Choosing to pursue civil litigation is an important and personal decision, as is choosing a law
firm and an attorney to represent you. If, when, and how to pursue civil litigation related to past
sexual abuse that you suffered requires an attorney with specific knowledge and experience.
You deserve to be represented by someone who understands what you’ve been through and
knows how to successfully navigate the civil legal process.
Why is your choice important?
Unlike prosecutors in criminal cases who represent the jurisdiction (not the survivor), an
attorney in a civil case represents your interests and they are not automatically assigned to
your case. This means that you need to find and retain your own attorney.
It is up to you who you hire. Like all circumstances in which you would hire someone to fulfill a
service, you want to hire an attorney who is not only good at what they do, but is also skilled at
handling your specific kind of case. For example, there are a lot of photographers you could
hire, but if you were looking for a photographer to take photos of your wedding, you would
want to hire someone who specializes in wedding photography and has the portfolio and
personality you want. The same is true for a civil attorney. You are entitled to know who they
are, what experience they have, and how they work.
The strength of the civil justice system is that the survivor is in the position of power—the
position to sue, the position to hire their own attorney, the position to go to trial, and the
position to settle with terms that are acceptable to the survivor. Even within this position of
power, however, the process can seem overwhelming. It’s okay to feel that way. This tip sheet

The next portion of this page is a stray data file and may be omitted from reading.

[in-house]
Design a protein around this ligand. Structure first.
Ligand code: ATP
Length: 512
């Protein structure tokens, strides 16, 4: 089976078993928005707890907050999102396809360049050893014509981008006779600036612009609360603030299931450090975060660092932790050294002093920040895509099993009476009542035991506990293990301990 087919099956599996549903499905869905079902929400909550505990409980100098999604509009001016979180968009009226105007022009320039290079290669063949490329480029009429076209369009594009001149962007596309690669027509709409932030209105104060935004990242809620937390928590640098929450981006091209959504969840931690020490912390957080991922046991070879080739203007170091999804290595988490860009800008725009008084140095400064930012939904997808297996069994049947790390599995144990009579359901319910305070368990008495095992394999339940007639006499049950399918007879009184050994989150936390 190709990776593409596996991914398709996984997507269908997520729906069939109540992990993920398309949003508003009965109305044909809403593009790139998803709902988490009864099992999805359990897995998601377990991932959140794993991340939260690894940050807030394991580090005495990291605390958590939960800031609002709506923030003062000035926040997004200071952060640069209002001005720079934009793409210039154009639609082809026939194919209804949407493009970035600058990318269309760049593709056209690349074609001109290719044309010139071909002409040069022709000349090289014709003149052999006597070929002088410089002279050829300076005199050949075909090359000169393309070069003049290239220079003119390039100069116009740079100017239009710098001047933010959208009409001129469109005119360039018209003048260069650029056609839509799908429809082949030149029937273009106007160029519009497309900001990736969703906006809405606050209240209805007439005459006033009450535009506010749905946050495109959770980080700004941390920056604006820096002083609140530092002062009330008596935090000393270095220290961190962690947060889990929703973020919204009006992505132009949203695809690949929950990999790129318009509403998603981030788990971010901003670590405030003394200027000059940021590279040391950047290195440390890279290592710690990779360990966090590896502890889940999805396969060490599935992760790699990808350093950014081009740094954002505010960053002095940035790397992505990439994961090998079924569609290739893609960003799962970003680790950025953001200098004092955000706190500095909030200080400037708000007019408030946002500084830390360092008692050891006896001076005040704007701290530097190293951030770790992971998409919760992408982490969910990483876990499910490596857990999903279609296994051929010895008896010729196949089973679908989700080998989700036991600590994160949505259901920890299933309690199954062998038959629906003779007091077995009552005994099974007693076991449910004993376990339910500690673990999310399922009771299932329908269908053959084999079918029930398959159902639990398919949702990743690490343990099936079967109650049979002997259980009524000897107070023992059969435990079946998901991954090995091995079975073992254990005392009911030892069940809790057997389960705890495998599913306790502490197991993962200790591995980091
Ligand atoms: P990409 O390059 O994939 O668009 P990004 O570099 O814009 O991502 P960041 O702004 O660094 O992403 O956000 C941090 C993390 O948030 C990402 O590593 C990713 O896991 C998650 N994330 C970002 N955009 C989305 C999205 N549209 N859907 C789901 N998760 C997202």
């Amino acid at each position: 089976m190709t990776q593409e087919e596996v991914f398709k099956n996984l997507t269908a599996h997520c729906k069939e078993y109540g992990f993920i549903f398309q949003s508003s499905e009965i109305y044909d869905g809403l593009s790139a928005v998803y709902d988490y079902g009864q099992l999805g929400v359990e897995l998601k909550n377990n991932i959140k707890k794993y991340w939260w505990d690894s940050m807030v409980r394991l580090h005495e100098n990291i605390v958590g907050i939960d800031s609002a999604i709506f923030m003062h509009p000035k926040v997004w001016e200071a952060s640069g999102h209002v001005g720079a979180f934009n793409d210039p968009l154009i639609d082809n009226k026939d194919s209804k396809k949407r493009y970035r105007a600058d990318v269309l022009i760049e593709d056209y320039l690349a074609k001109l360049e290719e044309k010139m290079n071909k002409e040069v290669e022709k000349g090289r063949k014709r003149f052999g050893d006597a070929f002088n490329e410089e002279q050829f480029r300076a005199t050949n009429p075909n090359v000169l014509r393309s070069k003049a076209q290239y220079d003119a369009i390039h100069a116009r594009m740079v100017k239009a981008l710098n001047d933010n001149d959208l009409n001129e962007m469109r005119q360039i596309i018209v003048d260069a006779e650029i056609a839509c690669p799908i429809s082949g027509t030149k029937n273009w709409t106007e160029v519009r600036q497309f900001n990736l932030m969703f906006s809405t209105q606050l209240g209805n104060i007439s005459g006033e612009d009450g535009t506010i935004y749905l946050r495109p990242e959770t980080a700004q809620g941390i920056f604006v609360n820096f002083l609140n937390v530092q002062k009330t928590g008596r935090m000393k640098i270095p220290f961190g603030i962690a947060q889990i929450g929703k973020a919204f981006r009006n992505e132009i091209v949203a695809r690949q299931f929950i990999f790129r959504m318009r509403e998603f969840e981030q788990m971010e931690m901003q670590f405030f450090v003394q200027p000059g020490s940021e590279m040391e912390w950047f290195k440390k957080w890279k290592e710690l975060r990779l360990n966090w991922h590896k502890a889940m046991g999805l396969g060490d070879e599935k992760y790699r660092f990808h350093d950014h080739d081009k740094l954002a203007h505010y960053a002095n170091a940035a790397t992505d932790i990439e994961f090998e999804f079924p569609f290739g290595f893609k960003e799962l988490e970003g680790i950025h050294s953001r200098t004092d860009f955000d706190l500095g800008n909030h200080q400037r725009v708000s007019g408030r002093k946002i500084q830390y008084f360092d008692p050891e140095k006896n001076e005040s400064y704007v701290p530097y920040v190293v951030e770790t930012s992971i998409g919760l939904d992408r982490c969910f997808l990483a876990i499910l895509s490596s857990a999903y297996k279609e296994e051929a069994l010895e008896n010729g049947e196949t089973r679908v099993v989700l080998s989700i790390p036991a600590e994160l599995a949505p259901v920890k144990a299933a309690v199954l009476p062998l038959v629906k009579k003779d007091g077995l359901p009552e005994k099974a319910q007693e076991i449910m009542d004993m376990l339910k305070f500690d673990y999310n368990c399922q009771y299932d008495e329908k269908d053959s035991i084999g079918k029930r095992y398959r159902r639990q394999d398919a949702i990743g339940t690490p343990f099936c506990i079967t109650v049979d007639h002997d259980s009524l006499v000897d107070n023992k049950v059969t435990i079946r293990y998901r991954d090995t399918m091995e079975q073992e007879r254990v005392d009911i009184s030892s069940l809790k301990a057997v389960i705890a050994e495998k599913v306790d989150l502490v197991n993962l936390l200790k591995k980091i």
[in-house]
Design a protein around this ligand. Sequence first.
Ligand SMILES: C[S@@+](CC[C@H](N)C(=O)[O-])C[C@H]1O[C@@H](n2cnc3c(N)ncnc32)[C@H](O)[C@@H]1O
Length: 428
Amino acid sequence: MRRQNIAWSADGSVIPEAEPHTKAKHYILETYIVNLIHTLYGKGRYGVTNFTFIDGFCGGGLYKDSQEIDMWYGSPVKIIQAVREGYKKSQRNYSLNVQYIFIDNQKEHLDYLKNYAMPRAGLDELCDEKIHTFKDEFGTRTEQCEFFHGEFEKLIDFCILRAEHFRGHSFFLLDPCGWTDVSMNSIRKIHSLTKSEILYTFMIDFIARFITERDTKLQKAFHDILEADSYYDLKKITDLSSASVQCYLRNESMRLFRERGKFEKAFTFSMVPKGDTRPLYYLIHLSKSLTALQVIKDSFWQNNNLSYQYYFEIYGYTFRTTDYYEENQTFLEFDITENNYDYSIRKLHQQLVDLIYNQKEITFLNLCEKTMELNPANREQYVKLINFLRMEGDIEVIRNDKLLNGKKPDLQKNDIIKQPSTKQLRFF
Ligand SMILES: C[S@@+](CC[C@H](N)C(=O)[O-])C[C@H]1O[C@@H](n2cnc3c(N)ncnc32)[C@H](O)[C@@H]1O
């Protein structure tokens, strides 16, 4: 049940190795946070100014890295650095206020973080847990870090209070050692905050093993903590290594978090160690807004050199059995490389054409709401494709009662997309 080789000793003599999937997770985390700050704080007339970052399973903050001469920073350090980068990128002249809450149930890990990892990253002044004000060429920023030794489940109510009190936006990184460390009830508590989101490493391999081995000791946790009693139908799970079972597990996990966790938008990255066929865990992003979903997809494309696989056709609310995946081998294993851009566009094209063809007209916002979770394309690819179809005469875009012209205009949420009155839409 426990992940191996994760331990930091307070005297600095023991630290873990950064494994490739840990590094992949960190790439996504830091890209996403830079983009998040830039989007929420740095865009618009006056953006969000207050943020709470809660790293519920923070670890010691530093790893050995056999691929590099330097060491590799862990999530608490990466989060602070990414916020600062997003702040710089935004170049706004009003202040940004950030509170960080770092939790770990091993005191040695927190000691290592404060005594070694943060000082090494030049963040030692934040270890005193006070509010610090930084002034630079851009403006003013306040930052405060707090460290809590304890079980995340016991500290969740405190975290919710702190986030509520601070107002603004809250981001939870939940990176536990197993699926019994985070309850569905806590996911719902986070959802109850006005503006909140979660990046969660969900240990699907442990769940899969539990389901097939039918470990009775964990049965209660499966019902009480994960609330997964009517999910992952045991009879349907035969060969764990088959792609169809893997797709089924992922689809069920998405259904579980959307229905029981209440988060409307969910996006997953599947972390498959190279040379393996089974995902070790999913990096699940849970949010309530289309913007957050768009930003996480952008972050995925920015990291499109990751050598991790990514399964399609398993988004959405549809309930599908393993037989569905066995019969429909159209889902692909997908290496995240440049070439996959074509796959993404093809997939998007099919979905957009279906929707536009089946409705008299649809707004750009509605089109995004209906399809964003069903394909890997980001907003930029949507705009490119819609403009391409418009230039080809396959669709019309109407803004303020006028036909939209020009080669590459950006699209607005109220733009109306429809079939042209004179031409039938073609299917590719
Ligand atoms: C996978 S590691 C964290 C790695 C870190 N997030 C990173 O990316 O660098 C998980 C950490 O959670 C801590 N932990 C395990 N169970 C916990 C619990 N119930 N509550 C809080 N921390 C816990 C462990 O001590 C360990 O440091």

answers some of the most common questions and concerns survivors have when it comes to
starting the civil legal process.
What are some things I should look for when selecting an attorney or firm?
- Their experience: How many sexual abuse cases has the attorney or firm handled? What is
their track record in the state where your case will be filed and/or against the same kinds of
defendants (dioceses, schools, religious orders)? Do they have experience handling child
sexual abuse cases where the defendant has filed for Chapter 11 bankruptcy?
- Their expertise: What do the firm and their attorneys know about the dynamics and trauma of
sexual abuse, how perpetrators operate, and how the abuse impacts survivors long-term? Do
they specialize in sexual abuse cases? Are they trauma-informed?
- Their location: Is the firm near enough to you that you don’t have to travel far and/or do they
offer virtual consultations? Have they represented other survivors in your state?
- Their transparency: Does the firm clearly explain upfront how their process, including their fee
structure, works? Are they honest and straightforward with you about whether or not they can
take your case?
- Their client communication: Are they respectful, kind, and patient? Do they care about your
needs and do they take the time to answer all your questions? Do they return phone calls and
emails in a timely manner? Do they have processes in place to make sure that clients’ legal
and case-related needs are handled quickly and effectively?